Watch out for fake motor insurance policies

The fake insurance is foisted easily on the customer in a moment of expediency  

Most known insurance frauds are usually about the insurance company being defrauded by customers. Saying a white lie about your high blood pressure in a health insurance proposal form, or allowing your garage to exaggerate the accident damage to your car in the claim form are common unethical practices. The insurance industry has suffered because of it and it comes back to roost as higher premium rates for everybody in the long run.

Fraudulent documentation, misrepresentation of material facts, inflated claims, fake claims and moral hazard — the act of buying insurance under false pretences in order to make a claim — are well-known insurance frauds. More complicated frauds involve buying multiple policies on the same property, which is then destroyed for making a claim, policies being taken on non-existent properties or over-valuation of a property for enabling a higher cover and hence a higher claim.

In this column, let us see examples of a different type of fraud. How you, the insured, can be defrauded, or used to perpetrate fraud on an insurance company.

Recently a State police department exposed a fake motor insurance racket. Members of the public are contacted by a call centre claiming to be, or to be representing prominent insurers, and offered motor and health insurance. Premium is collected and fake policies are issued, leading to a double whammy for the ‘insured’ who has lost his money to a fraudster and is saddled with a worthless policy.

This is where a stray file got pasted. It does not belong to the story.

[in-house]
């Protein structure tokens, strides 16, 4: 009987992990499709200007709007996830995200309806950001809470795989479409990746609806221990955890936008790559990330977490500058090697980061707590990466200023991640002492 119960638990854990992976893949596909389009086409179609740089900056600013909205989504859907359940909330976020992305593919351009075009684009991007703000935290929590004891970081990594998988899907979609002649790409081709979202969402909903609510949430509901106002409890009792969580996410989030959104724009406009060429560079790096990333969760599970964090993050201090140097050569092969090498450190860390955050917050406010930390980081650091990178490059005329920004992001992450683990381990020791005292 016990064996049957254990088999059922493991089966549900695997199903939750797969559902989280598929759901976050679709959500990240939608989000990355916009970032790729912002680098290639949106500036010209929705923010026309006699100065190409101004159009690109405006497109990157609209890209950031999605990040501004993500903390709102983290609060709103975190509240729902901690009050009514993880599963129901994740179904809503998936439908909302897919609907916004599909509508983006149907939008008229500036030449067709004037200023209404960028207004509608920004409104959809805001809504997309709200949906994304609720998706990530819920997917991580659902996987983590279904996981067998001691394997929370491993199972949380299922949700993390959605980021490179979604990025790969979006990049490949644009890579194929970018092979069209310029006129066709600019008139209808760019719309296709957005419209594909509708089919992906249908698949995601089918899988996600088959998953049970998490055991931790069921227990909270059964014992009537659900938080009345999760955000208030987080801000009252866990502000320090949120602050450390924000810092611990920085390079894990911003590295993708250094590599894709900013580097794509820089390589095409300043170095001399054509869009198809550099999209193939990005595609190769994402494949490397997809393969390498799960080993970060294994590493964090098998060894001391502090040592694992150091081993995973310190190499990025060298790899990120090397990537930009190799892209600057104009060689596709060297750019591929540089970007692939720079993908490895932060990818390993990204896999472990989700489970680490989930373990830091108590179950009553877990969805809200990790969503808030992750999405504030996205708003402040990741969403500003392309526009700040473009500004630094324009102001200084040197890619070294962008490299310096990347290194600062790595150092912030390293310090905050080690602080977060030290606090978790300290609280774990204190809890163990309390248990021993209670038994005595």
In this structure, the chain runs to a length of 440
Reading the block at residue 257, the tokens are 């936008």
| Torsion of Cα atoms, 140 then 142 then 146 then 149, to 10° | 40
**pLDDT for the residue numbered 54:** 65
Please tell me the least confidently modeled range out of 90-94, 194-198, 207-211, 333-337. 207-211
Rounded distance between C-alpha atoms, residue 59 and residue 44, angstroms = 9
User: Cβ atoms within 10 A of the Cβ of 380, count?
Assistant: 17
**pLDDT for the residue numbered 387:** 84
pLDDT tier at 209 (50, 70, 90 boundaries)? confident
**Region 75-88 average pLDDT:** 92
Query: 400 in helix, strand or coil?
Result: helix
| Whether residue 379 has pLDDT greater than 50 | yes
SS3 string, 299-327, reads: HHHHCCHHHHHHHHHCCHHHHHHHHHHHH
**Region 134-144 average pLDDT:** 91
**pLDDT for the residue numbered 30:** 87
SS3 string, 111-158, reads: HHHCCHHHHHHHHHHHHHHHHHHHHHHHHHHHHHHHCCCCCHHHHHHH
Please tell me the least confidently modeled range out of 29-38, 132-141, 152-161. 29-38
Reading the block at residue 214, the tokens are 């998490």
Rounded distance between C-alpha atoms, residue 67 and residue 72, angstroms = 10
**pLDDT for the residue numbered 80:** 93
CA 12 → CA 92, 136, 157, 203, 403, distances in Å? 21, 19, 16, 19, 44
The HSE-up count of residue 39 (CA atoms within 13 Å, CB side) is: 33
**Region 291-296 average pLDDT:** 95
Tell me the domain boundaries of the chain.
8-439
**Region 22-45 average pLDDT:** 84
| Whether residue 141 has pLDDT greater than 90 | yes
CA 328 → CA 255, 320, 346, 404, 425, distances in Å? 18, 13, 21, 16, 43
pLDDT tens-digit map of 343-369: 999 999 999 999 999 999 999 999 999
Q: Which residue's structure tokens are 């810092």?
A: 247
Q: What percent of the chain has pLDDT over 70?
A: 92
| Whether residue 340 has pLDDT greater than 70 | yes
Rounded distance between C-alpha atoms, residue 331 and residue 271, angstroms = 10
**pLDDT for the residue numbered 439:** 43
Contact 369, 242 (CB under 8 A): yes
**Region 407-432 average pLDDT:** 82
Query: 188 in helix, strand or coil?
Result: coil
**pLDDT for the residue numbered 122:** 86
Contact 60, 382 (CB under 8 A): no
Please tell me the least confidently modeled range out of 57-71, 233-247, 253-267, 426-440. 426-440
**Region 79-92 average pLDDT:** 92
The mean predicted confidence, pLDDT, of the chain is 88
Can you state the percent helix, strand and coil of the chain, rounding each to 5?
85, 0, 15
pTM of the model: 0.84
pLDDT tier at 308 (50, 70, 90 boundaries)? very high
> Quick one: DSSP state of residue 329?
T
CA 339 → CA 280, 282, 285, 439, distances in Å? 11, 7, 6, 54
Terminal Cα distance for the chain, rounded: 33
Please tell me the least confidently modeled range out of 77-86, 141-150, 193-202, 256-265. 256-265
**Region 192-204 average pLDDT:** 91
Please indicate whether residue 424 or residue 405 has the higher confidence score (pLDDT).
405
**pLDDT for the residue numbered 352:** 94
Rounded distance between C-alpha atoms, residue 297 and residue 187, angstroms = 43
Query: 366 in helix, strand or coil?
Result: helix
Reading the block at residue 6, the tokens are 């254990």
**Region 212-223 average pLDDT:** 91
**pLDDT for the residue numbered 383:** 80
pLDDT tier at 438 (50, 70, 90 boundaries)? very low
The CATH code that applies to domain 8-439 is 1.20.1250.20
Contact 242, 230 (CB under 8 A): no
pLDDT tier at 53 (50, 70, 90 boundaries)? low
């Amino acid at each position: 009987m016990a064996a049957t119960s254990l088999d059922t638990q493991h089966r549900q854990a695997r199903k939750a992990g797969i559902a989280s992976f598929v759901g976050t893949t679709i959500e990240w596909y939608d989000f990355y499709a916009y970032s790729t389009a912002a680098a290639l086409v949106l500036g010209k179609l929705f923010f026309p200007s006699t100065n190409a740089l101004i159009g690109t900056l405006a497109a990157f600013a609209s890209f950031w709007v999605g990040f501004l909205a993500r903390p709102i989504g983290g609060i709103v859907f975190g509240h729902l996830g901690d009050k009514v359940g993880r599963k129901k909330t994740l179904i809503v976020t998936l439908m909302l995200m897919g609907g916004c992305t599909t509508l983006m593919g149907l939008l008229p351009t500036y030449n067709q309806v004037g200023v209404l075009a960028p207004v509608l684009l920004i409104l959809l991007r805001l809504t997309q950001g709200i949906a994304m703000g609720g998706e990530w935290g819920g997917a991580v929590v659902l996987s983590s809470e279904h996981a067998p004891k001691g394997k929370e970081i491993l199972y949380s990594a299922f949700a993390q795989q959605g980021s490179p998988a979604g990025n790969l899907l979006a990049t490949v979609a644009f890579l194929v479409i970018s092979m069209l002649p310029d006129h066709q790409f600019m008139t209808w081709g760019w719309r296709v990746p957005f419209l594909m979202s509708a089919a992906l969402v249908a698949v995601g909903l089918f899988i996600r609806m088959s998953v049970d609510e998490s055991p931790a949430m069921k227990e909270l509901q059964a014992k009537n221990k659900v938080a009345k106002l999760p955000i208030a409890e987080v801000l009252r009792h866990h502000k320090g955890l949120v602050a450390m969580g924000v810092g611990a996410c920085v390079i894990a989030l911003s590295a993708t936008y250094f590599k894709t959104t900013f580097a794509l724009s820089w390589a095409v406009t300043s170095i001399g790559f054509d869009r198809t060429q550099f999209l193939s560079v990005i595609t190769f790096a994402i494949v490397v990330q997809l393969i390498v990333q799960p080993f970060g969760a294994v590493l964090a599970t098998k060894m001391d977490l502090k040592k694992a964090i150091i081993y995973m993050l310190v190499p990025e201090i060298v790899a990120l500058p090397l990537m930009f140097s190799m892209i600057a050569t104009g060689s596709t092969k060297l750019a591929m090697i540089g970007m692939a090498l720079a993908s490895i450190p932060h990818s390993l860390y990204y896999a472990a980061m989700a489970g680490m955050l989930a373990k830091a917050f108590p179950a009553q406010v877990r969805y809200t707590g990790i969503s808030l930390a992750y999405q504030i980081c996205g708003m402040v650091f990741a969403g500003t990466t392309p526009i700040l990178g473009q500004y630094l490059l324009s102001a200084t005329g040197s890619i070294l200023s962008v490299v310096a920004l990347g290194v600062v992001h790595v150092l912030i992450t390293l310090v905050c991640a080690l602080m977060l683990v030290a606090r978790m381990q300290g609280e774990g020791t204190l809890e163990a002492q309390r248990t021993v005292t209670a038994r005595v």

Even more interesting is a case where mobile pollution testing centres were selling fake insurance policies to customers who approached them for a ‘Pollution Under Control’ certificate. A valid vehicle insurance policy is required for getting a PUC certificate, which is a must-have. So, the fake insurance is foisted easily on the customer in a moment of expediency, when he is unlikely to verify the genuineness of the transaction.

Another kind of fraud that came to light was online insurance policy documents issued for motor third-party liability cover for a commercial vehicle, but at much lower rates by misrepresenting the category of vehicle.

Misrepresenting category

This ‘policy’, which has correct vehicle details like registration number, except for the category of vehicle, is issued in connivance with the customer, who can use it to show he has complied with the Motor Vehicles Act and has a TP cover. This will help him/her obtain a fitness certificate as the Road Transport Authority (RTA) systems are not linked to insurance and hence the policy cannot be authenticated.

A routine check by the traffic police can easily be handled with this document, but would be useless if one tries to make a claim on it. The repercussions are terrible here as the actual victim would be somebody else who was hit by this ‘insured’ vehicle. Claims can be made only by or on behalf of the third party, who is affected (by way of injury, death or property damage) by the vehicle and there would be no linked insurance documents to make a claim on.

We have seen just a few types of frauds involving motor insurance that you have to watch out for. There are vulnerabilities in health insurance and even life insurance that border on identity theft. We will see them in subsequent columns, including how to keep yourself safe from them and to avoid aiding and abetting criminals even if used unwittingly.

(The writer is a business journalist specialising in insurance & corporate history)

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Printable version | Jan 27, 2022 9:10:15 AM |

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